On Saturday morning, a crowd of nearly 60 individuals gathered in front of Mi Pais, a Walker Square corner grocery, before dispersing to clear the area of refuse in an effort to reclaim the neighborhood.
The effort was aimed at gathering the detritus of the prostitution and drug dealing that have beset the strip of Greenfield Avenue. A number of community groups, including the District 2 Community Block Watch, Safe & Sound and the Southside Organizing Center, planned the cleanup and subsequent block party to not only collect used needles and stray wrappers but serve notice to those creating the nuisance.
Travis Hope, a block watch council representative and primary figure in coordinating the event, said the cleanup’s aim was simple.
“We just want to bring the neighbors out, and let people know we care about this neighborhood. And we’re not going away. It’s about letting people know that it isn’t only negative things going on on this street, but positive things as well,” Hope said.
Jose Perez, District 12 alderperson, said the cleanup represents the diversity of parties invested in helping, citing not only the community groups, but a range of city employees from different departments.
“This is about letting the people know that these people are working, and they’re empowered. They’re getting organized, and they’re not going to let what goes on in the neighborhood dictate what is said about them or this street,” Perez said.
Communication among area residents has dwindled as challenges have multiplied, exacerbating the problems, participants said.
Paul Grippe, a Clarke Square resident for more than three decades and a block watch captain, said it’s not uncommon for neighbors to live across the street from each other for 10 years without ever greeting one another.
Grace Hernandez noticed the lack of communication as well.
Hernandez and her husband have owned Mi Pais for 15 years but had rented out operation of the business in 2013. When the couple came back to run the store in March 2017, Grace noticed a dramatic change in the community.
“Everything was chaotic. Everything was a mess,” Hernandez said, noting the unabashed drug dealing and prostitution that took place on Greenfield Avenue and the resulting needles and discarded clothes and makeup.
She said she circulated in the neighborhood hoping to find other concerned citizens but instead found many to be resigned to the criminal activity.
Her complaints to city officials fell on deaf ears. She said the officials attributed the changes in the neighborhood to nearby construction pushing criminal activity into Walker Square.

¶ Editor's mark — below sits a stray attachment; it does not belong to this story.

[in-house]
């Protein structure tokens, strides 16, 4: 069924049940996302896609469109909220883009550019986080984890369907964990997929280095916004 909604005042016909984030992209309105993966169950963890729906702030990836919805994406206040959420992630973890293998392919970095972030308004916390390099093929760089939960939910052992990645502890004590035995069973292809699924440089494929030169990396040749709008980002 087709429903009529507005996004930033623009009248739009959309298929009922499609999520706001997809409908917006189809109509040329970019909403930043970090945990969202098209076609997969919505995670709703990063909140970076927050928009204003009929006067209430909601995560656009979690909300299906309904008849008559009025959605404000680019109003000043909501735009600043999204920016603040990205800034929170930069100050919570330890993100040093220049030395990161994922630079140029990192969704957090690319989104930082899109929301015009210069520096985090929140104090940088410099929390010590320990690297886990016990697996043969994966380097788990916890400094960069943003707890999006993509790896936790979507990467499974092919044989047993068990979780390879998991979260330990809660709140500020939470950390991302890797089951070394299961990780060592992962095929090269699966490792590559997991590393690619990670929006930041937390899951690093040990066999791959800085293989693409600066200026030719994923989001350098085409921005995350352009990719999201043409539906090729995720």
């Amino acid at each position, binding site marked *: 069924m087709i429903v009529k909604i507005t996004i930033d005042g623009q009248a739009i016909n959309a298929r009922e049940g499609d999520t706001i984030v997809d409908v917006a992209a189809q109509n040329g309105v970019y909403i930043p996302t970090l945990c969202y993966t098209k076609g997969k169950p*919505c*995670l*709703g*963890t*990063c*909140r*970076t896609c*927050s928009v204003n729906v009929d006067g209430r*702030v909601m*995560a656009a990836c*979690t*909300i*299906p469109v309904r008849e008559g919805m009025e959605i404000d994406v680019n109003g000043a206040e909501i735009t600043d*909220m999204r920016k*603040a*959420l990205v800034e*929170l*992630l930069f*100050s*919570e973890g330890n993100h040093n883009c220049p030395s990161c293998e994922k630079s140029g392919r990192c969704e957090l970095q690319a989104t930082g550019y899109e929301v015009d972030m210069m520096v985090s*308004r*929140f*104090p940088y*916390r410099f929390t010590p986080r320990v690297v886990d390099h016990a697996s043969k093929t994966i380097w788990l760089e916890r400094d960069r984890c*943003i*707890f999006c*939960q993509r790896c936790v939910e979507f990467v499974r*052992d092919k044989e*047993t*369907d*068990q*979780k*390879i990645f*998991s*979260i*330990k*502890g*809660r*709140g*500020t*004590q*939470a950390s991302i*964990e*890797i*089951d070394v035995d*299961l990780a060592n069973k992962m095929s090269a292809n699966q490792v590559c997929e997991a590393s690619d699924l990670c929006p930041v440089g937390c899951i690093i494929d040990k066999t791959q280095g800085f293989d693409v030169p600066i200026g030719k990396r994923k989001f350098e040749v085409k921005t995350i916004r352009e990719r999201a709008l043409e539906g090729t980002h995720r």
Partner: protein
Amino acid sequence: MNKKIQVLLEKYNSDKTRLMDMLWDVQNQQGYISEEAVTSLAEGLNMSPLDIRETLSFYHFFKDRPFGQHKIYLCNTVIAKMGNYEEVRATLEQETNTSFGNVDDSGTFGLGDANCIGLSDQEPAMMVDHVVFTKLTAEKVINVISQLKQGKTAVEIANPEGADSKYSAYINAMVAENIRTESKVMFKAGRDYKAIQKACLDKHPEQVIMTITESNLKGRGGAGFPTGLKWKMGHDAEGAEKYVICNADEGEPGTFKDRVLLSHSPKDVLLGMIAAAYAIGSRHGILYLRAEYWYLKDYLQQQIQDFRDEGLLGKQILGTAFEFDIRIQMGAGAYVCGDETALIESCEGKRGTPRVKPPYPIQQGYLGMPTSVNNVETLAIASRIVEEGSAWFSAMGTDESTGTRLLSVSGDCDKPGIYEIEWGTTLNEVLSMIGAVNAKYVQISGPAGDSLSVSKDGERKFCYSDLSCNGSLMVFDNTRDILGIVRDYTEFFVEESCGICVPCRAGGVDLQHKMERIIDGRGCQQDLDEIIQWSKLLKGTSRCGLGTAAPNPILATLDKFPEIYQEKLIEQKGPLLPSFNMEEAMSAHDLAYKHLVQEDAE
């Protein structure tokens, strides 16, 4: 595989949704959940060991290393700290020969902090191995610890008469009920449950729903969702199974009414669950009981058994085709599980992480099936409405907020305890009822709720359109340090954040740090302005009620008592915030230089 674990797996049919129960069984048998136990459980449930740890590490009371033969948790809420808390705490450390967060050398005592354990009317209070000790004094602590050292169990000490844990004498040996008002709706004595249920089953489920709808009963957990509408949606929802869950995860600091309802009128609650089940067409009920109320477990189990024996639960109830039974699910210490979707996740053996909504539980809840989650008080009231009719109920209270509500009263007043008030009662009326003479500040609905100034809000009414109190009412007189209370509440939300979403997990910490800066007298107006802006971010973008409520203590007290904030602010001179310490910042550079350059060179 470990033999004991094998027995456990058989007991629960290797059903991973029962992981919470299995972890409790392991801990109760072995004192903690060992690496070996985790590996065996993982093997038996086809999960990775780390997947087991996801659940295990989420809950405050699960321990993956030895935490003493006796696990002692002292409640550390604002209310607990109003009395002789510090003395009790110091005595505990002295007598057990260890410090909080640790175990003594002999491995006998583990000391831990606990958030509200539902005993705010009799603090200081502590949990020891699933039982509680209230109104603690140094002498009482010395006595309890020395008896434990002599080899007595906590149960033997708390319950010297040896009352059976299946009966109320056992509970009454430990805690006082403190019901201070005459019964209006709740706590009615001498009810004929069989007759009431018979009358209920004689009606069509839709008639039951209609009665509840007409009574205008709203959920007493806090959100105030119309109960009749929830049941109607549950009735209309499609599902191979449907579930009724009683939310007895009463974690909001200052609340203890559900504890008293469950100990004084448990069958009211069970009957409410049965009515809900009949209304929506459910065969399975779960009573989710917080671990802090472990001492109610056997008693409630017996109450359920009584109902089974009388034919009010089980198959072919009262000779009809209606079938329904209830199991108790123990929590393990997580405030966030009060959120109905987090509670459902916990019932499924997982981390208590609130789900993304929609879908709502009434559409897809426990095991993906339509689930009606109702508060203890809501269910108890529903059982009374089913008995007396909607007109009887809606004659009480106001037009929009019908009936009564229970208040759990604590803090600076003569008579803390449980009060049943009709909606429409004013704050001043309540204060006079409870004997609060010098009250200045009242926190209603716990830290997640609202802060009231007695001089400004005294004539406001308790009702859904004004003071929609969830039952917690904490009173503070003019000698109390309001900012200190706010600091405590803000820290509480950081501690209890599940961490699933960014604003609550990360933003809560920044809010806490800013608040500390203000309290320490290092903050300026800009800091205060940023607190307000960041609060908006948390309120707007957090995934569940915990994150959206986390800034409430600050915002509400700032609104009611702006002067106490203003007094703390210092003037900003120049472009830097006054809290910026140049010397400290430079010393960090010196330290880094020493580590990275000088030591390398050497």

“That’s not an acceptable answer,” Hernandez said.
She found the tolerance of criminal activity mystifying, and began helping to organize in the area. She hopes events such as the cleanup help bind the community together in the face of adversity, with or without city assistance.
“Everybody gets to know everybody. So nobody feels alone in this, and people don’t feel overwhelmed by the neighborhood problems. Because when you feel alone, you want to give up,” Hernandez said.
“We want to encourage people. We want people to know that we’re here.”
The crowd continued to grow as the morning turned to afternoon, and the cleanup effort transitioned to a block party. The city shut down the stretch of 14th Street between Greenfield Avenue and Orchard Street, and children hollered and ricocheted about in a bounce house, while a Mi Pais food cart provided hot dogs for the community. The atmosphere was at once both celebratory and defiant.
“This is part of taking our neighborhood back. This is part of getting to know who our neighbors are,” said Hernandez. “We won’t be chased out of neighborhoods. There’s more good than bad here.”
Isa Young Jr. walked up to the block party through an alley with a full garbage bag. The soon-to-be freshman at nearby South Division High School had been independently scouring the neighborhood for refuse. His motives were simple.
“I want to make my block better. I want it to be a clean and safe environment,” Young said.
Despite the social problems confronting him and his neighborhood, Young was happy to be out in the community, making an effort.
“It don’t hurt to try,” he said.